Corpuscular theory of light  

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Train wreck at Montparnasse (October 22, 1895) by Studio Lévy and Sons.
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Train wreck at Montparnasse (October 22, 1895) by Studio Lévy and Sons.

In optics, corpuscular theory of light, set forward by Sir Isaac Newton, states that light is made up of small discrete particles called "corpuscles" (little particles) which travel in a straight line with a finite velocity and possess kinetic energy.

Newton's theory remained in force for more than 100 years and took precedence over Huygens' wave front theory, partly because of Newton’s great prestige. However when the corpuscular theory failed to adequately explain the diffraction, interference and polarization of light it was abandoned in favour of Huygen's wave theory.

Newton's corpuscular theory was an elaboration of his view of reality as interactions of material points through forces. Note Albert Einstein's description of Newton's conception of physical reality:

[Newton's] physical reality is characterised by concepts of space, time, the material point and force (interaction between material points). Physical events are to be thought of as movements according to law of material points in space. The material point is the only representative of reality in so far as it is subject to change. The concept of the material point is obviously due to observable bodies; one conceived of the material point on the analogy of movable bodies by omitting characteristics of extension, form, spatial locality, and all their 'inner' qualities, retaining only inertia, translation, and the additional concept of force.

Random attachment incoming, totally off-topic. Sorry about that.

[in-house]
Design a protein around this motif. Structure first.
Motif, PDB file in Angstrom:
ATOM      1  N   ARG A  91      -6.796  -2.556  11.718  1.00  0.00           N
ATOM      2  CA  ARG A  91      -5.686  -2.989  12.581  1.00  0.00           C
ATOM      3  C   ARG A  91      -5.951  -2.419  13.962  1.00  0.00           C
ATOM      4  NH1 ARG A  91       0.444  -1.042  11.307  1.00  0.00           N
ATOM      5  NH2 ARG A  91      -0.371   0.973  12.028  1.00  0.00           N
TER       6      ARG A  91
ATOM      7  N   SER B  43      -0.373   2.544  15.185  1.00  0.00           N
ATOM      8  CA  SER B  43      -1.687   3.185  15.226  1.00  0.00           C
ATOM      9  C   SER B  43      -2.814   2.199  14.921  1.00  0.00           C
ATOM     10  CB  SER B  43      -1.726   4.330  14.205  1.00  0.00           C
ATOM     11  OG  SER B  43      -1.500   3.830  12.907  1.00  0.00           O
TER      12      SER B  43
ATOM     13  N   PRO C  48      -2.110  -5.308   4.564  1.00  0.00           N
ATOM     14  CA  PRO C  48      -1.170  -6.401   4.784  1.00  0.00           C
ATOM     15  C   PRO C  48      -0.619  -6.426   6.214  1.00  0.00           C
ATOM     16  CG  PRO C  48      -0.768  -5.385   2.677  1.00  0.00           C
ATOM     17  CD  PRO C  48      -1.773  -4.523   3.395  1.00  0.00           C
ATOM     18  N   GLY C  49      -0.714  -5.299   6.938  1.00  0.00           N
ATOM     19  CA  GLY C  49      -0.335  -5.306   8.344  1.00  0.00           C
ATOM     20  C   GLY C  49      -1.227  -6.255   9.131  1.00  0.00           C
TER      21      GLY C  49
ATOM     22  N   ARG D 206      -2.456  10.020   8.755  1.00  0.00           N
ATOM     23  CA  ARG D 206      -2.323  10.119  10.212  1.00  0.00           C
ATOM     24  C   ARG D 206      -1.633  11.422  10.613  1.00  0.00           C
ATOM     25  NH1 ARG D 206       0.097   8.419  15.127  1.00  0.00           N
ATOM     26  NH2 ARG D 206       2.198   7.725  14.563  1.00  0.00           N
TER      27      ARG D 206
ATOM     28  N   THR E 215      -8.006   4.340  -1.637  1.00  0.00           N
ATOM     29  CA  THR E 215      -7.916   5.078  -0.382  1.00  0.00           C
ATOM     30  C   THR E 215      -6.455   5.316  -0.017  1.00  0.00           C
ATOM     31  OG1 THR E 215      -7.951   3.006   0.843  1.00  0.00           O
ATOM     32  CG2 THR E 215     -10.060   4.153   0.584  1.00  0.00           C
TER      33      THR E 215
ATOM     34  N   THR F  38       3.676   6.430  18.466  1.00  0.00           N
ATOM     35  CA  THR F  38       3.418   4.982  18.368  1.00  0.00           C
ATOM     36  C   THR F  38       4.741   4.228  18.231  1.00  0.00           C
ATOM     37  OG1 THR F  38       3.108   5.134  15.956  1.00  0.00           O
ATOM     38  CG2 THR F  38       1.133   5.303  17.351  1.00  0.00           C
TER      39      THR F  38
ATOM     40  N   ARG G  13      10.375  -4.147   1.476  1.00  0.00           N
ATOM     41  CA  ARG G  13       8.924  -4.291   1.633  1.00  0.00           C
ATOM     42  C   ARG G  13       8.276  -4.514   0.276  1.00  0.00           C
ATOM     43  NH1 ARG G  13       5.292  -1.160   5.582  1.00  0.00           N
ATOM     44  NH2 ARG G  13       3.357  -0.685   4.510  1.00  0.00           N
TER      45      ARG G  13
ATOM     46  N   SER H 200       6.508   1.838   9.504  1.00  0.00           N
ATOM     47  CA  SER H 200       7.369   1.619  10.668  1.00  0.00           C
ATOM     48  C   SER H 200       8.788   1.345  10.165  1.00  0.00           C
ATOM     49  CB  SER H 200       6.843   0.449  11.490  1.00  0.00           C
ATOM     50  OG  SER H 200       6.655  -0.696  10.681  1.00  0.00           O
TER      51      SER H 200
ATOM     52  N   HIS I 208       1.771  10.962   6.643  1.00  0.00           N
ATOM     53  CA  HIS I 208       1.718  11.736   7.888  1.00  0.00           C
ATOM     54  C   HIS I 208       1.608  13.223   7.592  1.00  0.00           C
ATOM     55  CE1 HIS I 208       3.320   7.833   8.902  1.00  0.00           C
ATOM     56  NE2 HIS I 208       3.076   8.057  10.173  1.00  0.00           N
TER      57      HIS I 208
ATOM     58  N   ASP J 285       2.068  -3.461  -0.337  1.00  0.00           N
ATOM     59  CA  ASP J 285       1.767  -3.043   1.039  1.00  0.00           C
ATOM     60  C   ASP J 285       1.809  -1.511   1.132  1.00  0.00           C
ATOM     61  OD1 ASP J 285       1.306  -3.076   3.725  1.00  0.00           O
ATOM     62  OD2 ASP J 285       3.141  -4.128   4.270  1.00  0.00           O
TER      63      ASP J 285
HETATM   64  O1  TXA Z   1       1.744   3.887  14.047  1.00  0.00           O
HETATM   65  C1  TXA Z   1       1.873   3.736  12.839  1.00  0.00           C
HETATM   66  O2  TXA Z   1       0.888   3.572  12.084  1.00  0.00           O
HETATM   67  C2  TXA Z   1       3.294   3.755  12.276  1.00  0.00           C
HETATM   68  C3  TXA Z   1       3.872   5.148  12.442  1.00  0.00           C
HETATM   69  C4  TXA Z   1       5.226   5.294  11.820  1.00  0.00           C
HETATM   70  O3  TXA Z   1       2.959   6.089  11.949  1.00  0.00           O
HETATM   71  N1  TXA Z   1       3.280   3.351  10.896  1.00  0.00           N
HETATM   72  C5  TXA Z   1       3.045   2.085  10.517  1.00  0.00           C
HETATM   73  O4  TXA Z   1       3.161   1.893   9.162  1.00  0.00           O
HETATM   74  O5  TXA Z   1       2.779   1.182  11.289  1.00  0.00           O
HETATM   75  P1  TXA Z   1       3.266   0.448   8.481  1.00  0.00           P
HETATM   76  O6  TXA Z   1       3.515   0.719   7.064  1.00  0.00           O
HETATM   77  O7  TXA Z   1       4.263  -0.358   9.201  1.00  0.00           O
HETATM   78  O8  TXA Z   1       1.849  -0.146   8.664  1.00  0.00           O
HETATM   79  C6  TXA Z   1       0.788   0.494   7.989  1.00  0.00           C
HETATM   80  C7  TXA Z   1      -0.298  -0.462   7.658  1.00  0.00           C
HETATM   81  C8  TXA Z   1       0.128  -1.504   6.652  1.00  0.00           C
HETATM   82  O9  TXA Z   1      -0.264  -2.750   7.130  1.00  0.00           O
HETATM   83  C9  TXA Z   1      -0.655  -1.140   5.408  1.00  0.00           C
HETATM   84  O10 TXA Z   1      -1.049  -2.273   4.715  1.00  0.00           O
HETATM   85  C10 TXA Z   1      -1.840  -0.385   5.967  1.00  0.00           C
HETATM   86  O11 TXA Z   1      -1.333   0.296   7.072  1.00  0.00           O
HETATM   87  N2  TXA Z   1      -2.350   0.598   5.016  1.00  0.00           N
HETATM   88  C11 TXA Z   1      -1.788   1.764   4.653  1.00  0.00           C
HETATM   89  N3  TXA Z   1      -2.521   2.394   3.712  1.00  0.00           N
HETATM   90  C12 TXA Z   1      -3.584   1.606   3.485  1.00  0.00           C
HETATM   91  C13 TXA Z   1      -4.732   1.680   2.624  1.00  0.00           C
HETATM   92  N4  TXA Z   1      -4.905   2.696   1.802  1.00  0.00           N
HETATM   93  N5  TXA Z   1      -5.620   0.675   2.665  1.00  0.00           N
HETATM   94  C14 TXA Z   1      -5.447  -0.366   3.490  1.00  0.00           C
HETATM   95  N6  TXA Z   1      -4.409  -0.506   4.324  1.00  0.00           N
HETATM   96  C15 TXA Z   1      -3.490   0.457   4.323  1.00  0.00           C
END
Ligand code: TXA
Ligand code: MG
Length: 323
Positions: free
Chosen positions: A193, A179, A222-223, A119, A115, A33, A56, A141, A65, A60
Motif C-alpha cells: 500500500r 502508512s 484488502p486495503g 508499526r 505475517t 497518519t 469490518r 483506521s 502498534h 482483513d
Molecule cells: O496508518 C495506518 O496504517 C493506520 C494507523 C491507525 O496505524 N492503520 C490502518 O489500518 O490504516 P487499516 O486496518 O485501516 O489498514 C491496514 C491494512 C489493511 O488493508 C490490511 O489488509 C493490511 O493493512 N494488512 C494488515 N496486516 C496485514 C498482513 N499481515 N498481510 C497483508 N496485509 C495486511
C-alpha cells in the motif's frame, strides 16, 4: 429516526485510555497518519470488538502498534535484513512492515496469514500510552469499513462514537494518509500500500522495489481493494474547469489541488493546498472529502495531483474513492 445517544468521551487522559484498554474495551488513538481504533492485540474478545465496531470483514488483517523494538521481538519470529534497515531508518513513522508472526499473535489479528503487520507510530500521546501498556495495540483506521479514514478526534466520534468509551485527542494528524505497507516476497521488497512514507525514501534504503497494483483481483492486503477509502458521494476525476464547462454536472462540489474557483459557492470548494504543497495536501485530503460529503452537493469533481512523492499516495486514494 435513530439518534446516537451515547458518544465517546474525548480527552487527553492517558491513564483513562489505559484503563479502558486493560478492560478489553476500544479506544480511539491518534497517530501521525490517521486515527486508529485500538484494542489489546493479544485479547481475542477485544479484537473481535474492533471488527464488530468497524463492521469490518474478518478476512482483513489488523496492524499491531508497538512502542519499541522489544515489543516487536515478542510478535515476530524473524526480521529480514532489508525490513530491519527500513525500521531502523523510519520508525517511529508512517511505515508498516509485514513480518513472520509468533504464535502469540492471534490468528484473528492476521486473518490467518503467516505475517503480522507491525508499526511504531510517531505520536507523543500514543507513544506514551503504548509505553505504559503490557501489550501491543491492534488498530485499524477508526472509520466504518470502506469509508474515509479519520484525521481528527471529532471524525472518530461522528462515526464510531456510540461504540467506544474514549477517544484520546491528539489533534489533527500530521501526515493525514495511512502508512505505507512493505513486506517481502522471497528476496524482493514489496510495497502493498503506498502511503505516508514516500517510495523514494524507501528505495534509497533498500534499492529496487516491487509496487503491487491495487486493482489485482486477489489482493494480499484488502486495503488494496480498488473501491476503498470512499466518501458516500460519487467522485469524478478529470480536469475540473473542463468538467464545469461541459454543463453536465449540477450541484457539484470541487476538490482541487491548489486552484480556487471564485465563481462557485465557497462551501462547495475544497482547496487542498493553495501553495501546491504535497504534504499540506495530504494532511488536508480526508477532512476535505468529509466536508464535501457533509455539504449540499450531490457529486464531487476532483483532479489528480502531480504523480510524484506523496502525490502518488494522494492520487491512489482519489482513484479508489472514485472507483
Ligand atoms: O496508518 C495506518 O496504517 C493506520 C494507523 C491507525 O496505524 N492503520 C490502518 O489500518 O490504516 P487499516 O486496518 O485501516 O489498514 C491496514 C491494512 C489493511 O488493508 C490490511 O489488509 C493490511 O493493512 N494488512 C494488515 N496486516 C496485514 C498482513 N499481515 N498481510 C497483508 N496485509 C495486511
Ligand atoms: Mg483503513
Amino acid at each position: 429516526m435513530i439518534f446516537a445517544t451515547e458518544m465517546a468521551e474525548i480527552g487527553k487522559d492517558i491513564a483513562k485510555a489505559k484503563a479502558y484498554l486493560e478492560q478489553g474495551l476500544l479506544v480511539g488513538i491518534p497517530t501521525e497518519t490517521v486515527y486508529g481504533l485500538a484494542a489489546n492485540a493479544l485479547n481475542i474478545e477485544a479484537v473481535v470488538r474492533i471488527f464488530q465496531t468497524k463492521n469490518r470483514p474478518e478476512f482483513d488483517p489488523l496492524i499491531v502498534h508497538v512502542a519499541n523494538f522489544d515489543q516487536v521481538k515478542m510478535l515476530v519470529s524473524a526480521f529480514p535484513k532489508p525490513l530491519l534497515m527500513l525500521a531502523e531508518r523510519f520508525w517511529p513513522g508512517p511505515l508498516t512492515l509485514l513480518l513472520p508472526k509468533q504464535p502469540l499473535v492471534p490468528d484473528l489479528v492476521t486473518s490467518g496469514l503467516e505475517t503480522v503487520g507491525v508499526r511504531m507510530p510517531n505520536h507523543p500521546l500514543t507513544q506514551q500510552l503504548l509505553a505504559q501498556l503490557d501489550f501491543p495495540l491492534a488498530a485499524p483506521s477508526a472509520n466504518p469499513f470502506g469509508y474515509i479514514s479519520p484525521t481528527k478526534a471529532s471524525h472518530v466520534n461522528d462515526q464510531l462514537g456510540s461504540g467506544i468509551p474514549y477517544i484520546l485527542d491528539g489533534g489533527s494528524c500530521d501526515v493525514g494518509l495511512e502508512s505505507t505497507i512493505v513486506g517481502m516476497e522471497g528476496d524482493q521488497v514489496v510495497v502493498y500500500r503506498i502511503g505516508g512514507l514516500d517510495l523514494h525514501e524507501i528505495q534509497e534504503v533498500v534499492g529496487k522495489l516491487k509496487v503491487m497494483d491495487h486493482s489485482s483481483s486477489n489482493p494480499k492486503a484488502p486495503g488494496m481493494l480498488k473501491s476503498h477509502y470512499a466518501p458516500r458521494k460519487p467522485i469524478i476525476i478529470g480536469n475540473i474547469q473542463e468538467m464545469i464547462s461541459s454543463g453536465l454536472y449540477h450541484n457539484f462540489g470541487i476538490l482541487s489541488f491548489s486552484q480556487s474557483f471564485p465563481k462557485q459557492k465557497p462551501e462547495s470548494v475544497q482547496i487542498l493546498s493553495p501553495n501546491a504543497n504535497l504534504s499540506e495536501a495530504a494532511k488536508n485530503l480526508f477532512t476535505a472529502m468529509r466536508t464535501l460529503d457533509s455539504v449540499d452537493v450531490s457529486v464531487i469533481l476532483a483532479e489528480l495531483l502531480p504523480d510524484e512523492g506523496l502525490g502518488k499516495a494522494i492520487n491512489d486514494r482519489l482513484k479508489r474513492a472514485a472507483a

Unless indicated otherwise, the text in this article is either based on Wikipedia article "Corpuscular theory of light" or another language Wikipedia page thereof used under the terms of the GNU Free Documentation License; or on original research by Jahsonic and friends. See Art and Popular Culture's copyright notice.

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